Star Wars Theology

August 28, 2005 at 10:26 pm | Posted in Movies | Leave a comment

“Go, and may the Force be with you.”

That line throughout the years has become one of the milestones of a time era. Not only does it mark a time period, it also stands as a beacon to the spiritual climate that the USA finds itself in. What am I talking about? Heh…Star Wars.

The way this post will be organized is this: first of all, I will make some claims; next, I will back them up(underneath each claim); and then thirdly, I will bring it all back to a Christian perspective.

Now, to get to those claims.

1.) Star Wars is a religious movie.

The theology has been called New Age, Eastern Mythology, Eastern Mysticism, among others. Call it what you will, but there are definite fundamental beliefs. I’ll get to those in a minute.

First let’s back up this outrageous claim. In an interview in TIME magazine George Lucas said, “With Star Wars I consciously set about to re-create myths and the classic mythological motifs.” And also, “I put the Force into the movie in order to try to awaken a certain kind of spirituality in young people—more a belief in God than a belief in any particular religious system.” Sound good? Let’s find out.

2.) Fundamental Beliefs in Star Wars.

Belief A.) God is not a personal God. God is merely some mysterious cosmic “Force”. To back this up, one only needs to watch the movies. Or the old ones, where Obi Won Kenobi introduces us to the Force. Everything in the universe, combined, is god. Look at it this way, God is the ocean, we’re all drops of water in that ocean. All of us together are God. The Jedi are those who have mastered the use of the Force, it flows through them. The Bible does not teach that there is a cosmic energy that flows through objects and individuals. Throughout their training, Jedi are taught to let go of the conscious mind and reach out with their feelings. (sounds a little bit like channeling to me…) Christians are taught to love God “with all your heart, with all your soul and with all your mind” (Matthew 22:37). (As a side note: Some Christians have mistakenly equated the Force with the Holy Spirit, however there are a couple major differences. First, the Force is an impersonal being, whereas the Holy Spirit is not, he is a personal being, part of the Trinity, with a personality, intelligence and a will. Second, the Force is contained in the universe, or is made up of all living things in the universe. The Holy Spirit is not contained in the universe, but rather, played an active part in creating the universe out of nothing, and exists apart from all living things. And third, the Force can be manipulated by the Jedi to do their will. The Holy Spirit however does only the Father’s will, he cannot, and will not be manipulated.)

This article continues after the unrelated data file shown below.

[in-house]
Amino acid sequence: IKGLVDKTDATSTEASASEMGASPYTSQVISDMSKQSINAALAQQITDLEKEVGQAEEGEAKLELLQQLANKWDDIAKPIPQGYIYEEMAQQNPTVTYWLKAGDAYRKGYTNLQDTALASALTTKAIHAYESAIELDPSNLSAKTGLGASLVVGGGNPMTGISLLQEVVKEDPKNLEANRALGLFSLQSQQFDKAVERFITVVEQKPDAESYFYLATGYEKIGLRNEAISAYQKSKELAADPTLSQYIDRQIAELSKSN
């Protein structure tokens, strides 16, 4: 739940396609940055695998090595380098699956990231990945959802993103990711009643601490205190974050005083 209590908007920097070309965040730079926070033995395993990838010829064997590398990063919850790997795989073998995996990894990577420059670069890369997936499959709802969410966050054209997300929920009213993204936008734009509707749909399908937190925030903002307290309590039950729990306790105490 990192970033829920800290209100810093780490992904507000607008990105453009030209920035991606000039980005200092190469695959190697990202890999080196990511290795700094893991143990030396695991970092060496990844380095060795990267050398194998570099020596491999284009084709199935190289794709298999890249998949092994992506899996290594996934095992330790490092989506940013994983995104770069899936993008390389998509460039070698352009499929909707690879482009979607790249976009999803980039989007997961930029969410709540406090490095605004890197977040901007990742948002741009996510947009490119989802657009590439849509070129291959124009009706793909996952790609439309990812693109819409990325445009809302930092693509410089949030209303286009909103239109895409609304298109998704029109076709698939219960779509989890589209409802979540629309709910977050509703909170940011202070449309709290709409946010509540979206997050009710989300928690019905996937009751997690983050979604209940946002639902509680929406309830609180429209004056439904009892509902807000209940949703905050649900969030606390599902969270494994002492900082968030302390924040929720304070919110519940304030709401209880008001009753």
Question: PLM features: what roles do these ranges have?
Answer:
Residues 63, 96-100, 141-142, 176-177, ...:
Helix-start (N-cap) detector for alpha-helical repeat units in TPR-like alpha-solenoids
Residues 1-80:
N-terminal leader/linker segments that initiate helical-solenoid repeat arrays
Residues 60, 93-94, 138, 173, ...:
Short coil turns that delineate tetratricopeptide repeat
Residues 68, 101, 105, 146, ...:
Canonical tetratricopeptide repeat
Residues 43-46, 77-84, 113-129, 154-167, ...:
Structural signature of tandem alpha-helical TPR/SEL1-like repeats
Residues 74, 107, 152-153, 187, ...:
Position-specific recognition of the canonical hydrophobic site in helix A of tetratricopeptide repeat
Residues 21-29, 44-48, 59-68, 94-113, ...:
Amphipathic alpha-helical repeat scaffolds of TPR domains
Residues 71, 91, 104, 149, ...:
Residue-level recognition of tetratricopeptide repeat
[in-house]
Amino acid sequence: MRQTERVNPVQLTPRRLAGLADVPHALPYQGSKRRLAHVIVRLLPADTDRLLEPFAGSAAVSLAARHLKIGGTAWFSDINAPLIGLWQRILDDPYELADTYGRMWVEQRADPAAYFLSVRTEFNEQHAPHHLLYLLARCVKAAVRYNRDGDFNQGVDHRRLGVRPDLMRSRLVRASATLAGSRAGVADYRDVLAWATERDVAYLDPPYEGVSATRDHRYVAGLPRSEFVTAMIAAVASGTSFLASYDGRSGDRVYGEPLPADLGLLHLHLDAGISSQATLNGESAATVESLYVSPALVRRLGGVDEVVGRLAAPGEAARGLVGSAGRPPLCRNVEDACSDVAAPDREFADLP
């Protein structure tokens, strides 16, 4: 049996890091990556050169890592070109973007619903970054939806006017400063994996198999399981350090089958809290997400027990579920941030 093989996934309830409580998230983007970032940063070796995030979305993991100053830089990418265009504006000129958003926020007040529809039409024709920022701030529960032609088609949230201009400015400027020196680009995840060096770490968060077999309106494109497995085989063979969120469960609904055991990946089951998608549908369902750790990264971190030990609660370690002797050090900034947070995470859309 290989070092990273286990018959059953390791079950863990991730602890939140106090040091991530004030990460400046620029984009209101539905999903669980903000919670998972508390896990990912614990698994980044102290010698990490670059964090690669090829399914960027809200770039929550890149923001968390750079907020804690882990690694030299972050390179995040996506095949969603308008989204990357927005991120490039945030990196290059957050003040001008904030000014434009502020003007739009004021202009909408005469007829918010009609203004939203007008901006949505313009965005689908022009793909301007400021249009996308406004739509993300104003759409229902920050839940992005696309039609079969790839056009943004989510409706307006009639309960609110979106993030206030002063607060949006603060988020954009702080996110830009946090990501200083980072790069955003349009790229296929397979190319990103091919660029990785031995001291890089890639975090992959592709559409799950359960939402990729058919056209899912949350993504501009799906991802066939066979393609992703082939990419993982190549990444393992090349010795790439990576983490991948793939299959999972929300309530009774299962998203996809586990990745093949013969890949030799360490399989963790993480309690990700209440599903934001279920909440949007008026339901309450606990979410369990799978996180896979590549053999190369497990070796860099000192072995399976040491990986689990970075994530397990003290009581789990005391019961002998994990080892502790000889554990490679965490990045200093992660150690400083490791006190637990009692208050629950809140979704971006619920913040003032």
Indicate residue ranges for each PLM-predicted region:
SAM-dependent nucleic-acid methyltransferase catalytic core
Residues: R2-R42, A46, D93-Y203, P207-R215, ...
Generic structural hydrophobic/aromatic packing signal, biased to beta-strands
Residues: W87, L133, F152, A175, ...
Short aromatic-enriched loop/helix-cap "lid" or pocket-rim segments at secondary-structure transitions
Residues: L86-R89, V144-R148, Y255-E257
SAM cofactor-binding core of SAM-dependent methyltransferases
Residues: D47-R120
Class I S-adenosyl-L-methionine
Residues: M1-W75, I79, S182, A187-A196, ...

Belief B.) Emotions are more important than reason. To win life’s battles one must not think, one must only feel. And good will not win in the end, because good and evil are locked into an eternal battle of balance, or a perpetual war. However much good there is, there must be an equal amount of evil, to balance the good out. That’s not what my Bible tells me. Jesus said, “It is finished!” It’s over. Then He rose from the dead, conquering the grave and evil once and for all. My Bible says God is all powerful, that he created everything, even Satan, and can, and has, defeated him. The battles rage, but the war is over.

So now I’m left with a question: Should we as Christians spend our time, thinking on, being caught up in the Star Wars craze? Now, I’m not saying that you shouldn’t watch it, although you might think about what you’re supporting, but mainly, should we spend too much time thinking about something that is completely opposed to Christianity?

Until Christ returns, all glory and honor are His, now and into everlasting,

Marshall

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Blog Commenting Protocol

August 28, 2005 at 10:26 pm | Posted in Random | Leave a comment

Commenting for “Newbies”
(A “Reminder” for the Rest of Us)You Have Entered “The Comment Zone”
It is crucial to a vibrant and healthy comment section for participants to understand the purpose of discussion, and to possess a proper respect for their fellow contributors. Whether you maintain your own blog, comment on other blogger’s posts, or both, you have most likely been frustrated by the lack of proper argumentation and the seeming epidemic of disrespect, primarily among your opponents (Insight #1: They feel the same way towards you).

The truth is that we all can use a helpful reminder every so often as to how we should conduct ourselves in the high-intensity role of “the commentator’s commenter.”